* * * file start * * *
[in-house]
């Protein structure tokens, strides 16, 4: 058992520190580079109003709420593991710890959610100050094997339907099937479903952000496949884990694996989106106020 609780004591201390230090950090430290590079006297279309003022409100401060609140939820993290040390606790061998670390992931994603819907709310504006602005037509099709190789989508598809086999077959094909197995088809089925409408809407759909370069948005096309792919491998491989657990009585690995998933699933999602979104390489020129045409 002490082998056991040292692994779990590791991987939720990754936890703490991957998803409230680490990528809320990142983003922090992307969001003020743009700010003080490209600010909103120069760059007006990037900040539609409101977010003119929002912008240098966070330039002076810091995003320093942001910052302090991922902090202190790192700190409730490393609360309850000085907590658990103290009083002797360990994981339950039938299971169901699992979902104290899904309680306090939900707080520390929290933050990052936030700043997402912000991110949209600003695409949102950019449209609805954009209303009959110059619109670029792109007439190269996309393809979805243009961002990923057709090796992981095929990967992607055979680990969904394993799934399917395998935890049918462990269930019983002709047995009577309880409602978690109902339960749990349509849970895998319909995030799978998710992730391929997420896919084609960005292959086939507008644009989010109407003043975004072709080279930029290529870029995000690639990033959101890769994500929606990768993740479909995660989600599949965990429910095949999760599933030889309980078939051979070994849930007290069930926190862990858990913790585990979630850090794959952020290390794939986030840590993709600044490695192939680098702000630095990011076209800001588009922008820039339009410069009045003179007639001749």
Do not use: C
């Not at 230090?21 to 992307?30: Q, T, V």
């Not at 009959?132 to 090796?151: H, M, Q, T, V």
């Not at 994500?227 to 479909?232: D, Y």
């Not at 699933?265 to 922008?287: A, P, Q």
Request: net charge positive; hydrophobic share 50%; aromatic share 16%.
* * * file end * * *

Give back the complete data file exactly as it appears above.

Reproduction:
[in-house]
């Protein structure tokens, strides 16, 4: 058992520190580079109003709420593991710890959610100050094997339907099937479903952000496949884990694996989106106020 609780004591201390230090950090430290590079006297279309003022409100401060609140939820993290040390606790061998670390992931994603819907709310504006602005037509099709190789989508598809086999077959094909197995088809089925409408809407759909370069948005096309792919491998491989657990009585690995998933699933999602979104390489020129045409 002490082998056991040292692994779990590791991987939720990754936890703490991957998803409230680490990528809320990142983003922090992307969001003020743009700010003080490209600010909103120069760059007006990037900040539609409101977010003119929002912008240098966070330039002076810091995003320093942001910052302090991922902090202190790192700190409730490393609360309850000085907590658990103290009083002797360990994981339950039938299971169901699992979902104290899904309680306090939900707080520390929290933050990052936030700043997402912000991110949209600003695409949102950019449209609805954009209303009959110059619109670029792109007439190269996309393809979805243009961002990923057709090796992981095929990967992607055979680990969904394993799934399917395998935890049918462990269930019983002709047995009577309880409602978690109902339960749990349509849970895998319909995030799978998710992730391929997420896919084609960005292959086939507008644009989010109407003043975004072709080279930029290529870029995000690639990033959101890769994500929606990768993740479909995660989600599949965990429910095949999760599933030889309980078939051979070994849930007290069930926190862990858990913790585990979630850090794959952020290390794939986030840590993709600044490695192939680098702000630095990011076209800001588009922008820039339009410069009045003179007639001749």
Do not use: C
């Not at 230090?21 to 992307?30: Q, T, V």
């Not at 009959?132 to 090796?151: H, M, Q, T, V």
């Not at 994500?227 to 479909?232: D, Y």
């Not at 699933?265 to 922008?287: A, P, Q």
Request: net charge positive; hydrophobic share 50%; aromatic share 16%.